April 7, 2010
- Family Fun
- Upcoming DEC Events
- Long Island
- Hudson Valley - Stony Kill Farm Environmental Education Center
- Capital District - Five Rivers Environmental Education Center and Albany Pine Bush Discovery Center
- Adirondacks - Adirondack Park Agency Visitors Interpretive Centers at Newcomb and Paul Smiths
- Central New York - Rogers Environmental Education Center
- Western New York - Reinstein Woods Environmental Education Center
If you ask someone what they can do to help the environment, chances are they will say "plant a tree." Tree planting is a common activity at Earth Day events and environmental fairs-and for good reason. In addition to being pretty, trees are extremely valuable to people and the Earth.
Trees produce oxygen-Trees turn carbon dioxide into the oxygen that we breathe.
Trees clean the soil-Trees absorb and trap chemicals and other pollutants in the soil.
Trees control noise pollution-Trees muffle city and highway noise.
Trees provide homes for a variety of species-Both standing and dead trees serve as habitat for mammals, birds, reptiles, rodents and insects.
Trees clean the air-Trees absorb pollutants in the air.
Trees shade and cool-Trees planted in the right spot can mean that you don't have use your air conditioner as often in the summer.
Trees give shelter from wind and rain-Trees can act as wind breaks, particularly with winter winds, lowering the cost of heating your home.
Trees prevent soil loss-Tree roots bind the soil so that it can't erode away in heavy rains or flooding. Leaves lessen the impact of wind and rain on the soil.
Most trees can outlive us-some were even around when the Declaration of Independence was signed! However, we have to work to protect trees from disease and insects like the Asian long-horned beetle and the emerald ash borer. These insects kill specific types of trees, such as ash and maple, and can be easily spread by people moving firewood from one location to another. So when you are planning your next camping trip, remember to buy your firewood when you get there! Please call 1-866-640-0652 for more information.
Send us an e-mail and tell us what you think about Outdoor Discovery.
Looking for an adventure this summer for your teenager? Check out DEC's Environmental Education Camps.
Subscribe to Conservationist magazine-New York's award-winning publication with astonishingly beautiful photography and captivating articles.
Make Your Own Paper
It takes about 20,000 trees to make one edition of a big-city newspaper. You can recycle some newspaper and create beautiful one-of-a-kind paper for your next letter or project. You will need newspaper, a blender, water, a bucket, a deep square pan, a piece of window screen cut to fit into the pan, a rolling pin, a measuring cup, kitchen towels and some vegetable scraps.
Tear the newspaper into tiny pieces and soak them in hot water for about 30 minutes. Take a handful and work with an adult to mix it in the blender until it is mushy. Add a few vegetable scraps to bring some color to your paper (carrot peel for orange, cucumber for green, etc). You can add texture to your paper by adding some leaves. Mix again, and pour the pulp into a measuring cup. Put the screen into the pan, and pour about an inch of water over it, adding one cup of paper pulp on top. Spread out the mixture with your fingers. Lift the screen and let the water drain off of it. Lay the screen with the pulp side down on a towel. Lift away the screen and use another towel to cover the paper. Use a rolling pin to flatten it and get rid of any extra moisture. Let the paper dry for a day, and your creation will be ready to use.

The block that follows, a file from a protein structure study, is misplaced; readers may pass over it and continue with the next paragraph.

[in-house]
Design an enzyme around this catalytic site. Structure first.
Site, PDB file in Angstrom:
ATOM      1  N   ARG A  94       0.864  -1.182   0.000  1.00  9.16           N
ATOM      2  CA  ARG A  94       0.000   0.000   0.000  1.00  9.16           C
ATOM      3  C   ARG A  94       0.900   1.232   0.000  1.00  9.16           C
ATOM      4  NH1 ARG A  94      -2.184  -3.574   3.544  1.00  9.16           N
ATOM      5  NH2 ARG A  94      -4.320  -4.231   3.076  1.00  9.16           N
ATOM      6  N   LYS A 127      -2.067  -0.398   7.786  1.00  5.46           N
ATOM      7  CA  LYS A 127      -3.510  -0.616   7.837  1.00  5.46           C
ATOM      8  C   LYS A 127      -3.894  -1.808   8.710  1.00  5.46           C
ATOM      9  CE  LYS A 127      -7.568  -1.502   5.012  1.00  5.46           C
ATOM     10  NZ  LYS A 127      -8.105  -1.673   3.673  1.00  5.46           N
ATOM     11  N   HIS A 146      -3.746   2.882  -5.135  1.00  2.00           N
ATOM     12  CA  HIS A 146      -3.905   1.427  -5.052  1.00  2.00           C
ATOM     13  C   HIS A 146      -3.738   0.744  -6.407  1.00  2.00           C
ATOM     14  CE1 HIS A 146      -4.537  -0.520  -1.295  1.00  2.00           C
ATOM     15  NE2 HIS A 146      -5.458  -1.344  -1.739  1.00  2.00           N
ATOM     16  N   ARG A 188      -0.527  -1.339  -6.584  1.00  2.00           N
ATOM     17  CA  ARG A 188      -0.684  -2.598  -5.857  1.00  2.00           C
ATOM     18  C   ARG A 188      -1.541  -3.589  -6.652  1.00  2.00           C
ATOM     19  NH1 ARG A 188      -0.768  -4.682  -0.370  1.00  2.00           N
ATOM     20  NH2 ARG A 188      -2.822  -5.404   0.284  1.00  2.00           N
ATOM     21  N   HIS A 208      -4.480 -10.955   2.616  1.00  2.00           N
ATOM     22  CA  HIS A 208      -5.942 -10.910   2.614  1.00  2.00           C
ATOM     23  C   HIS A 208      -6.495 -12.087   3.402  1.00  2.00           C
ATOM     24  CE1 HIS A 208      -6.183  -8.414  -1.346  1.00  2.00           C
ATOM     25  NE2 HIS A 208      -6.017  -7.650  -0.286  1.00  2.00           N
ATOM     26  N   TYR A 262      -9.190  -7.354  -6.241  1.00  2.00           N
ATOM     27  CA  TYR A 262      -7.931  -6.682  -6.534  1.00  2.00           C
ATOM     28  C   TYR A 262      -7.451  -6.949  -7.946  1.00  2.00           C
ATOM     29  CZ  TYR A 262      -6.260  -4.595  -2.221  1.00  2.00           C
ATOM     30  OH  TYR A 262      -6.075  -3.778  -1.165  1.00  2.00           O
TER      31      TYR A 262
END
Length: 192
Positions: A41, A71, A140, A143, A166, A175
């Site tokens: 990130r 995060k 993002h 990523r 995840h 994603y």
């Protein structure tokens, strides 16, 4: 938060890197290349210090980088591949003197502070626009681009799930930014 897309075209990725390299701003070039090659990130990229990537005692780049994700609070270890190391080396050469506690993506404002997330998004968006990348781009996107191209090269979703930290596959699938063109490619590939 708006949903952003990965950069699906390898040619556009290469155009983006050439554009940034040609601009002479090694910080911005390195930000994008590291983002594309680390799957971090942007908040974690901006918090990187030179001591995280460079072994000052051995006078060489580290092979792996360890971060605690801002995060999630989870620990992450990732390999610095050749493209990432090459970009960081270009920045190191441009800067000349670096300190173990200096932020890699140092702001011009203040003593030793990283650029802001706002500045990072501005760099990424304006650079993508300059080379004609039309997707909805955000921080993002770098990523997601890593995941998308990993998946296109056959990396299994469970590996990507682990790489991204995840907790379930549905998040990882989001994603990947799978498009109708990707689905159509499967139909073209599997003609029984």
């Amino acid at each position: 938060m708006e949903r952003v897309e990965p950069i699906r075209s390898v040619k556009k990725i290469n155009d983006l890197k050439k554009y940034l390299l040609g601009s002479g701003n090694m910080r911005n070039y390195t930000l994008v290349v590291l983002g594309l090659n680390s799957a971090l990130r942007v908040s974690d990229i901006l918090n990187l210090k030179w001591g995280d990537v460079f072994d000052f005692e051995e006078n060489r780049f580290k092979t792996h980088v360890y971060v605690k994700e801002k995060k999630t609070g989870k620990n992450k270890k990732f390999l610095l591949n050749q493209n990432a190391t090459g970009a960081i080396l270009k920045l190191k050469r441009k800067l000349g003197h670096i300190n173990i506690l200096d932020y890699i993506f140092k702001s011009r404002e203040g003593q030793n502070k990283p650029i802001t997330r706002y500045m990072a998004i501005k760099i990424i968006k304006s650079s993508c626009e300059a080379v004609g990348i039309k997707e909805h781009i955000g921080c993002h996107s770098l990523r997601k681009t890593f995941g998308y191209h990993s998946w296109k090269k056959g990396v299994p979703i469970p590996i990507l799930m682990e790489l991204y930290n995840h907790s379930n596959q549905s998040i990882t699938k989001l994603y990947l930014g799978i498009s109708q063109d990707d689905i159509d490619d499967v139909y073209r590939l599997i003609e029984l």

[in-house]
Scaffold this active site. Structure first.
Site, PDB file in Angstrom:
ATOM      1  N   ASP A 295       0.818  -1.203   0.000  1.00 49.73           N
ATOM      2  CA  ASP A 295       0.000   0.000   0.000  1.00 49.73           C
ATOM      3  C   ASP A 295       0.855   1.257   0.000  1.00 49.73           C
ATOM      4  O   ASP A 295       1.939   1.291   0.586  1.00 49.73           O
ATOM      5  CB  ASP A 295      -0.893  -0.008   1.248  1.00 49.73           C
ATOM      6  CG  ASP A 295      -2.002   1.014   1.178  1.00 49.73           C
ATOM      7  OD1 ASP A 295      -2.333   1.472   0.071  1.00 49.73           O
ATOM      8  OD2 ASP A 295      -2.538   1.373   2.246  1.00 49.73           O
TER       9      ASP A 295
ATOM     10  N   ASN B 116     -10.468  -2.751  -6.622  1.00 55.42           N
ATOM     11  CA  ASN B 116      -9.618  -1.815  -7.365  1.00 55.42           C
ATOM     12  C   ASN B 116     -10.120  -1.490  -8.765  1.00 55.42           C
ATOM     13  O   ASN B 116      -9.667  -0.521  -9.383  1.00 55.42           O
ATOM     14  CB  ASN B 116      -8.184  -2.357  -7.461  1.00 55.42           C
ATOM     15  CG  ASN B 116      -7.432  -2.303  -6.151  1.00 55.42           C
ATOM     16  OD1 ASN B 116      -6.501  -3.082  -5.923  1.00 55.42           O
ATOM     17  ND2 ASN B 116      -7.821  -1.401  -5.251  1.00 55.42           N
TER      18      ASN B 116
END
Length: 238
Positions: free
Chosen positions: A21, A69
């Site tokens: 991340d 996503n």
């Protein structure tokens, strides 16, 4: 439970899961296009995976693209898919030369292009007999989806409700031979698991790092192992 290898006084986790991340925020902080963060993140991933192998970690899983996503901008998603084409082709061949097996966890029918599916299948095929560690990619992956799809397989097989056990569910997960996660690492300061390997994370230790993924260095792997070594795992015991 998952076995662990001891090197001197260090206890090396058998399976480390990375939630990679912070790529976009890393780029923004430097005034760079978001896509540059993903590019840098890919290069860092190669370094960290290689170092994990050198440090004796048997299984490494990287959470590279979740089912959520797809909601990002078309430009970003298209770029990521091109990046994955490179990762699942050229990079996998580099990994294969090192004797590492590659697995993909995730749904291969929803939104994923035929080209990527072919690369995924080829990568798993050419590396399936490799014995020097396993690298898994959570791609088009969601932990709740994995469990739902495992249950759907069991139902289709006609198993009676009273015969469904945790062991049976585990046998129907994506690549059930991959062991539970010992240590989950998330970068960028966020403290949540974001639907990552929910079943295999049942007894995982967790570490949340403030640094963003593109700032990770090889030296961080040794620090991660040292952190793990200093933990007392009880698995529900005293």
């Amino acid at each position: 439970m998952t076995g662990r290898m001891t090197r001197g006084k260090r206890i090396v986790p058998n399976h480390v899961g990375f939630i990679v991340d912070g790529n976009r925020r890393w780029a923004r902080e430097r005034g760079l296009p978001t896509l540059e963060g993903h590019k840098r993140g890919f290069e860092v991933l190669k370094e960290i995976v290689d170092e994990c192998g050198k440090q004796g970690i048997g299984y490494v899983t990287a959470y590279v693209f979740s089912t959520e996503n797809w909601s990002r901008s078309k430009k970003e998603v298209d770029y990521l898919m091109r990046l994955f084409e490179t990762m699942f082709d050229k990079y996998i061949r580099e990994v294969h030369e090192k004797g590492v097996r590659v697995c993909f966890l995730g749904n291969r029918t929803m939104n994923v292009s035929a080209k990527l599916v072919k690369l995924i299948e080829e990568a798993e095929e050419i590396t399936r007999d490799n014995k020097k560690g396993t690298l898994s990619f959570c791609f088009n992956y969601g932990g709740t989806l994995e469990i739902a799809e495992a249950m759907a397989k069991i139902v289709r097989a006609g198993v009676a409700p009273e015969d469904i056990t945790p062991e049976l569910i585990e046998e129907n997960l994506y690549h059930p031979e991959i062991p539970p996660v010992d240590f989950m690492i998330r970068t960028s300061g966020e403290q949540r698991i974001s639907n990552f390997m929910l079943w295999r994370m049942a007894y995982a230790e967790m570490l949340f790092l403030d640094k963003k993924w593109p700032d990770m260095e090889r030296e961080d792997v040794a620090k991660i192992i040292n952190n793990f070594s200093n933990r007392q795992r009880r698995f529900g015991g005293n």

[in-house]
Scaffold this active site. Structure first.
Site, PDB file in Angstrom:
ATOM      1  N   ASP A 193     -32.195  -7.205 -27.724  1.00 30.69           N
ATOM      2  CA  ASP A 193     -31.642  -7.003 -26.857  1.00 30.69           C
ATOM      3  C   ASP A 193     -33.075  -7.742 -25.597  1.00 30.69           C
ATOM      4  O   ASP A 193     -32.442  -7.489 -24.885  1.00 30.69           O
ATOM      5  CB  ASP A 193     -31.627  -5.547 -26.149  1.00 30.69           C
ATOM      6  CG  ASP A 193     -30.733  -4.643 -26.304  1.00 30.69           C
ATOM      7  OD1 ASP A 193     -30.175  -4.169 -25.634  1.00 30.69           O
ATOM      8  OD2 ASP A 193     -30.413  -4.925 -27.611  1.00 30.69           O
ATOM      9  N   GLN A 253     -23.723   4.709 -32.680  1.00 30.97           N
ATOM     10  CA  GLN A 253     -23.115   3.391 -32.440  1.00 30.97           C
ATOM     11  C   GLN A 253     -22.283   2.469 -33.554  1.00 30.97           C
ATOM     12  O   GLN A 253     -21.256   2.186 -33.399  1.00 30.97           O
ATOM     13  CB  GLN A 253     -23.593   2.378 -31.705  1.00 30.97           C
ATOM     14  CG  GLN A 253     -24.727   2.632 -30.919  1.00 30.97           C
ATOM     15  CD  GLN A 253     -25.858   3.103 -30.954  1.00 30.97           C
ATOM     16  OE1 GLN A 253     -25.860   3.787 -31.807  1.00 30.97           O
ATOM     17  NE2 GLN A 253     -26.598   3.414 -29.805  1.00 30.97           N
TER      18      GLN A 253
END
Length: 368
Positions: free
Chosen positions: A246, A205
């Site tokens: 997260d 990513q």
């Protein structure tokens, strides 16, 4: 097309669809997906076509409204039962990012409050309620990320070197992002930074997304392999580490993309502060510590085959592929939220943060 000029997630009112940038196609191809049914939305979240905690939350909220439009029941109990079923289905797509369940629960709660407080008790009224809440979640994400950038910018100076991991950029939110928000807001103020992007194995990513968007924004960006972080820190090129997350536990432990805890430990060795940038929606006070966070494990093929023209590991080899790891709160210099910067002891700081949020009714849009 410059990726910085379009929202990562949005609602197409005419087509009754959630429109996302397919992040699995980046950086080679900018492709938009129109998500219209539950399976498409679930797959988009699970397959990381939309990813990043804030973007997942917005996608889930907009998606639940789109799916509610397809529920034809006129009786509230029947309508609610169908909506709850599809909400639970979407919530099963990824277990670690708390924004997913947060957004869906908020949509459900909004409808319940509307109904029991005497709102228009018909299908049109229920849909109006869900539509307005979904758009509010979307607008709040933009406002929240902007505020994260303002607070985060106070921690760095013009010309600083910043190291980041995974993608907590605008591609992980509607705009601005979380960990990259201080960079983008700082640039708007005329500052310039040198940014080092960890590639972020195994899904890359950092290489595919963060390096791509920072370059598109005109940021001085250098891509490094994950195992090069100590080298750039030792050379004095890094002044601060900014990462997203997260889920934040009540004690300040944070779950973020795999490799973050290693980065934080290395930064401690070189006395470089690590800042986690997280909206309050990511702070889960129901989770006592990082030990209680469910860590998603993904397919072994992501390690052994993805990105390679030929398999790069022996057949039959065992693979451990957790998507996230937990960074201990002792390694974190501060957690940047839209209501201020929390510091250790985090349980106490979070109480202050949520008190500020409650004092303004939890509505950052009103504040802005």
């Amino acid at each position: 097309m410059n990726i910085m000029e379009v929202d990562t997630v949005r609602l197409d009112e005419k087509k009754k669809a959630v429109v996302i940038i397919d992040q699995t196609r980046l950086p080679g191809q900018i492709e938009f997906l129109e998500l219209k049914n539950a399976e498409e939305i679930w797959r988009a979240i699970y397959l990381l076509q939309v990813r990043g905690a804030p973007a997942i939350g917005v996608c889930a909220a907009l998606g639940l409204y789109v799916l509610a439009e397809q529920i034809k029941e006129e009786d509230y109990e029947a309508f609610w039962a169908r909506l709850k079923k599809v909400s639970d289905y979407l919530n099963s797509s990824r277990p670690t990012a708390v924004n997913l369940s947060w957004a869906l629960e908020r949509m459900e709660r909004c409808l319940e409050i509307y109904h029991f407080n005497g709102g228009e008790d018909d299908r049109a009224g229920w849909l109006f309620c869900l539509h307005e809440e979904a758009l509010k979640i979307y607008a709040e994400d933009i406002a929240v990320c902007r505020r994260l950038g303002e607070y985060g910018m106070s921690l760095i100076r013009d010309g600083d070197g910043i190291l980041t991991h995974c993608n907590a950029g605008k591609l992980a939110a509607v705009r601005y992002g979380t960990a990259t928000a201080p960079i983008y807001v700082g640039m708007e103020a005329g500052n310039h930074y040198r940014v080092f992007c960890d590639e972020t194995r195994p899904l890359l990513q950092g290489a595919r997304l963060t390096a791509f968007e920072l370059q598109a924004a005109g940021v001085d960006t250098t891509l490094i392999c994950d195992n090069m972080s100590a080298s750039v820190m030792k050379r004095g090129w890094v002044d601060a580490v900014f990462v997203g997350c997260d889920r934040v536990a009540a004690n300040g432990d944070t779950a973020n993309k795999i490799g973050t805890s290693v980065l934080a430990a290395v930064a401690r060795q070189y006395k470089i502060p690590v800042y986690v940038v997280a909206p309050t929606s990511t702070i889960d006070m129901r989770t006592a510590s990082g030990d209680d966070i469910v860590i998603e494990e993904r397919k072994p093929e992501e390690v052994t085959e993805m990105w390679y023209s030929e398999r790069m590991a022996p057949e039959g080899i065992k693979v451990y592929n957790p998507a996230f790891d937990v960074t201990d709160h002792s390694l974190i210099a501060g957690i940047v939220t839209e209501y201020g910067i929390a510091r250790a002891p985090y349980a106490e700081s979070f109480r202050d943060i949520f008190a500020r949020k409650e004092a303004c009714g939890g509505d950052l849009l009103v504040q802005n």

A Tree Story
New York is home to hundreds of species of trees, and each one tells a different story. Their leaves and bark are different from other trees. They grow to different heights and sizes. Different animals and birds prefer different types of trees. You can use the online tree identification Arbor Day Foundation website.
Learn about the trees in your yard or a nearby park by creating your own tree story. For each book, you will need two pieces of white paper and a piece of colored construction paper. Fold each piece of paper in half, and place the white sheets inside the construction paper like a book. Staple your book along the spine. Find a tree that you like, and draw or take a picture of it. Ask an adult to help you research the name of the tree. Hold the first page of the book against the bark, and rub a crayon over the page to make a pattern. Pick a leaf or flower from the tree, and glue it to one of the pages. In the fall, you can come back to your tree and add a colorful leaf to your book. Try to find a small twig that fell to the ground, and add that to another page in the book. Write a description of animals, birds or insects you observe near or in the tree. Tell a little story about what you like about the tree.
Read Conservationist for Kids for more information and activities!